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Bosch dives into the ridesharing industry by helping co-workers carpool

Ronan Glon
bosch virtual cockpit drving

German supplier Bosch is strengthening the smartphone’s position as a mobility tool. Speaking at the ConnectedWorld forum in Berlin, the firm announced it is throwing its hat into the ridesharing ring by purchasing Detroit-based startup Splitting Fares.

Founded in 2015, Splitting Fares is a smartphone-based platform that lets companies, universities, and municipal authorities offer ridesharing services to their employees and/or students. Bosch points out the service was designed specifically for commuters, not for those who simply need a trip to the local mall or to pick up their kids at day care. It connects people who travel along the same route to the same destination. It’s like Uber Pool for co-workers and students.

After opening the app, users can either search for or offer a ride. The ones who need a lift can book one at the last minute or reserve it well in advance. The app displays the arrival time in real time, and payments are made online. The cost of each ride depends on the distance between the starting point and the destination and how long it takes to get there. Splitting Fares takes a small commission.

About 140,000 commuters currently use Splitting Fares in the United States, in Mexico, and in Germany. Bosch expects to see growth “well into the double digits,” according to Markus Heyn, a member of the company’s board of management. That sounds ambitious, but data suggests it’s a realistic prediction. The number of commuters who hit the road every morning continues to rise, creating traffic jams along busy corridors. Buying Splitting Fares is part of Bosch’s ongoing effort to make cities more livable and reduce pollution.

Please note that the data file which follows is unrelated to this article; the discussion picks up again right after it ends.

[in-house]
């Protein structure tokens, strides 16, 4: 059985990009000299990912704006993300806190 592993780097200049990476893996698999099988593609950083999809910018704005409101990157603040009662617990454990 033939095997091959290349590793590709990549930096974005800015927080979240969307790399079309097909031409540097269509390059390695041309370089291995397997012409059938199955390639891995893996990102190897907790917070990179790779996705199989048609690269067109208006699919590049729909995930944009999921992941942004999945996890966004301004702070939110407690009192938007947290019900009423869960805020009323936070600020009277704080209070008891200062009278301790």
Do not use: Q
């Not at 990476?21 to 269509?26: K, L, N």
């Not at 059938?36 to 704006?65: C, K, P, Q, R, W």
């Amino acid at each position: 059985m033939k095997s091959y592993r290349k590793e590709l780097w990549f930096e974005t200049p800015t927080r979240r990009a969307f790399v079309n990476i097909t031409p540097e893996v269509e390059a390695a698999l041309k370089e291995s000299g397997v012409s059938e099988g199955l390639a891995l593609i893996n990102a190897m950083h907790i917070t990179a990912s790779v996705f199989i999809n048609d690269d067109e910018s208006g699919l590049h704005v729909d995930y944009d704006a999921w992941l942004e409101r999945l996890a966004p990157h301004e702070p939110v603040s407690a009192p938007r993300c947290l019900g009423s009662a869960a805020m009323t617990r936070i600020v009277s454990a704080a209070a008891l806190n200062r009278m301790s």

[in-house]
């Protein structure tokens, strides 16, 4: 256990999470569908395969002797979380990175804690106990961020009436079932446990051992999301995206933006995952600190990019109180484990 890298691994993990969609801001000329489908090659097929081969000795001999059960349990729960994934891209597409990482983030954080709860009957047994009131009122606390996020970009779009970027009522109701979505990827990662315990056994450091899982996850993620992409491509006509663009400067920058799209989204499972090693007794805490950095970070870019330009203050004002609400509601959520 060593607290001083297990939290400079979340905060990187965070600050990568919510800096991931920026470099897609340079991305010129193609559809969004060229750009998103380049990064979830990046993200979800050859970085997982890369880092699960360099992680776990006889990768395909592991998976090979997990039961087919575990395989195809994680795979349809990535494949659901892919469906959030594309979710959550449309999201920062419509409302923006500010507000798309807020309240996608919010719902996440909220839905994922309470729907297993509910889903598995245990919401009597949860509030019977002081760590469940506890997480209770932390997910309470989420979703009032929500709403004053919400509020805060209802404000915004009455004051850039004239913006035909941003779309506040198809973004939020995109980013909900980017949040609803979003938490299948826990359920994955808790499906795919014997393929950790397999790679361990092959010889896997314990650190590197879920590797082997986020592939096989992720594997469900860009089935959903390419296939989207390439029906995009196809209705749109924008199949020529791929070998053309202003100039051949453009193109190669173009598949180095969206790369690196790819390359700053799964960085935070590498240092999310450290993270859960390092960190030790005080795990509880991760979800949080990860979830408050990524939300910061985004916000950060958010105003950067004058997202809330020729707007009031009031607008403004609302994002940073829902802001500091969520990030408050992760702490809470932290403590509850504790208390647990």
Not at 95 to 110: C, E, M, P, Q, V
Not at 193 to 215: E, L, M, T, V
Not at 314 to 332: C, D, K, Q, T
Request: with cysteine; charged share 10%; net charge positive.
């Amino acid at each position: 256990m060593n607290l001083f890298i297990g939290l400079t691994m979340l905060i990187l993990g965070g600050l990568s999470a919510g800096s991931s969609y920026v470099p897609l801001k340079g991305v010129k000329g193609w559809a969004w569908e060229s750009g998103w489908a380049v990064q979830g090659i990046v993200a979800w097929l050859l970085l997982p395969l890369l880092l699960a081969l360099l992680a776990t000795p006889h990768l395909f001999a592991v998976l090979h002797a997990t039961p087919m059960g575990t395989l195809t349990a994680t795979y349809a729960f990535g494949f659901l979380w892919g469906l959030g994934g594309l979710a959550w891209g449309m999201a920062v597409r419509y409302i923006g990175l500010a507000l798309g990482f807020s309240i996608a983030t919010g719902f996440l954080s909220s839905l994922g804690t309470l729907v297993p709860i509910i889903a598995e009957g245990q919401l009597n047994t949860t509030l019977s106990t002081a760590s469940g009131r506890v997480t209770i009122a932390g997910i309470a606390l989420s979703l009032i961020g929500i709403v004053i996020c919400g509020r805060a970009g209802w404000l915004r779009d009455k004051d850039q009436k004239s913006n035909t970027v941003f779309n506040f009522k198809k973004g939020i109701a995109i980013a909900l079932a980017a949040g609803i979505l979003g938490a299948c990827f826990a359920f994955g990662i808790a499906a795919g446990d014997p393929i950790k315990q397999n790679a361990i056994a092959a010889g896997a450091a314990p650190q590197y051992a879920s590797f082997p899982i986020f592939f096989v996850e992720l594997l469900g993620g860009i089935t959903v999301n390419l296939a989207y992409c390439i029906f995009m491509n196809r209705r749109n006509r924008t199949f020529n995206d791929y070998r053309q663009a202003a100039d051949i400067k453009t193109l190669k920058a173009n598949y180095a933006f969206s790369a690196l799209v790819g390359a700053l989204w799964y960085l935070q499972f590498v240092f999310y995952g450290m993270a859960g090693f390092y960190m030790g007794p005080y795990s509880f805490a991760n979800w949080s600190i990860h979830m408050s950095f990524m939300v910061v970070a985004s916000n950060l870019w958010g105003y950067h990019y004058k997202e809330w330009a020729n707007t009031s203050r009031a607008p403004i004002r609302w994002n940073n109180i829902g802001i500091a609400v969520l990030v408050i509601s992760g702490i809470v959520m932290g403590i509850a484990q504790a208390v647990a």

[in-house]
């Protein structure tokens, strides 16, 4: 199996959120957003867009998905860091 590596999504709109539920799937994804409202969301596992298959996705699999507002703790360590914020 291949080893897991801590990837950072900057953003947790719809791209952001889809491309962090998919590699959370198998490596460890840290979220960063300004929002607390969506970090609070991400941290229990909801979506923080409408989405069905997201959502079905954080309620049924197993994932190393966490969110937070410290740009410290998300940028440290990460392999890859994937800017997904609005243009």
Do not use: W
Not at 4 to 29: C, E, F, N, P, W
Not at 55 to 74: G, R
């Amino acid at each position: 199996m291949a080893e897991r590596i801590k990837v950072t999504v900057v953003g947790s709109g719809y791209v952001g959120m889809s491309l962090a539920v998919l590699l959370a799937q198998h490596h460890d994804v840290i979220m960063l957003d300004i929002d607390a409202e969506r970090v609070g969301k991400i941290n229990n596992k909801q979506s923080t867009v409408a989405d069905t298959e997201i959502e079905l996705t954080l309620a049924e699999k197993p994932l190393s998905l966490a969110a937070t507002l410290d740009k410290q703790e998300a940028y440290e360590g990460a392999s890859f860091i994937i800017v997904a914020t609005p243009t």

“By 2020, the number of people worldwide using [ridesharing services] is expected to rise 60 percent to 685 million,” Bosch wrote in a statement. Most — if not all — of them will start their commute by opening a smartphone application. Heyn declared “smartphones are becoming the most important means of travel.”

Bosch employees in Mexico began using Splitting Fares before the company considered making an acquisition. After several months, they reported commuting with co-workers has the added benefit of boosting productivity. It’s an opportunity to network and share ideas in an environment that’s more laid back than work space. You can also see if Stacy’s car is as disorganized as the blasting zone she calls her desk.

Splitting Fares puts a big focus on the made-for-businesses aspect of its platform but it’s already looking at how to expand.

“We are speaking to several airports and airlines about improving shared mobility to and from airports for their employees. This is certainly a direction that Splitting Fares plans to go in the future, especially including travelers, as we expand to cover new types of shared routes,” the company told Digital Trends in a statement.